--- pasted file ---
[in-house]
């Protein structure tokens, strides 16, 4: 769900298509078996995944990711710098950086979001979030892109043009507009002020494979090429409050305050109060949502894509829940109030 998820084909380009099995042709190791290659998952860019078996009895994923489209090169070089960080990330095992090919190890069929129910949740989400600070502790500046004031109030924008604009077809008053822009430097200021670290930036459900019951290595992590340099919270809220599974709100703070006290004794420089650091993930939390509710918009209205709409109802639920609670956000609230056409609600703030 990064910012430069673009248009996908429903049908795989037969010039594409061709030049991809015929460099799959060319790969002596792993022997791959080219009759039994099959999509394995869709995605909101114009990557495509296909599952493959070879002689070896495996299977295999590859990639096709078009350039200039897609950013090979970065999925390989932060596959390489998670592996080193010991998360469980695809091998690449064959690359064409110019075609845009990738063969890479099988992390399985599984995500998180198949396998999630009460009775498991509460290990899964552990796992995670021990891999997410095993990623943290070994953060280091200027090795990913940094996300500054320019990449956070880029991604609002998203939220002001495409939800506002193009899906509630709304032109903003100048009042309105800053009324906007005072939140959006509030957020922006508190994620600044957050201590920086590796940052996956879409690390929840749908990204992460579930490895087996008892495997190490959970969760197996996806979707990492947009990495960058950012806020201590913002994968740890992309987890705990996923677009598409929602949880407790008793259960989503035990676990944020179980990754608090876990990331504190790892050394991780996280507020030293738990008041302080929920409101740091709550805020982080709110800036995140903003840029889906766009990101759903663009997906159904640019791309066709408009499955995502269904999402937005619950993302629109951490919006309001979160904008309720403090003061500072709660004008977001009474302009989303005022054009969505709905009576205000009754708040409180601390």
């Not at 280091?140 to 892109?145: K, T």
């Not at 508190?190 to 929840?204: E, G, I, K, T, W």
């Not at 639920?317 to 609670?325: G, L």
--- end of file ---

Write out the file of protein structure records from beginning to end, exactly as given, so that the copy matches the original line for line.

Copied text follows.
[in-house]
């Protein structure tokens, strides 16, 4: 769900298509078996995944990711710098950086979001979030892109043009507009002020494979090429409050305050109060949502894509829940109030 998820084909380009099995042709190791290659998952860019078996009895994923489209090169070089960080990330095992090919190890069929129910949740989400600070502790500046004031109030924008604009077809008053822009430097200021670290930036459900019951290595992590340099919270809220599974709100703070006290004794420089650091993930939390509710918009209205709409109802639920609670956000609230056409609600703030 990064910012430069673009248009996908429903049908795989037969010039594409061709030049991809015929460099799959060319790969002596792993022997791959080219009759039994099959999509394995869709995605909101114009990557495509296909599952493959070879002689070896495996299977295999590859990639096709078009350039200039897609950013090979970065999925390989932060596959390489998670592996080193010991998360469980695809091998690449064959690359064409110019075609845009990738063969890479099988992390399985599984995500998180198949396998999630009460009775498991509460290990899964552990796992995670021990891999997410095993990623943290070994953060280091200027090795990913940094996300500054320019990449956070880029991604609002998203939220002001495409939800506002193009899906509630709304032109903003100048009042309105800053009324906007005072939140959006509030957020922006508190994620600044957050201590920086590796940052996956879409690390929840749908990204992460579930490895087996008892495997190490959970969760197996996806979707990492947009990495960058950012806020201590913002994968740890992309987890705990996923677009598409929602949880407790008793259960989503035990676990944020179980990754608090876990990331504190790892050394991780996280507020030293738990008041302080929920409101740091709550805020982080709110800036995140903003840029889906766009990101759903663009997906159904640019791309066709408009499955995502269904999402937005619950993302629109951490919006309001979160904008309720403090003061500072709660004008977001009474302009989303005022054009969505709905009576205000009754708040409180601390």
């Not at 280091?140 to 892109?145: K, T």
């Not at 508190?190 to 929840?204: E, G, I, K, T, W």
């Not at 639920?317 to 609670?325: G, L």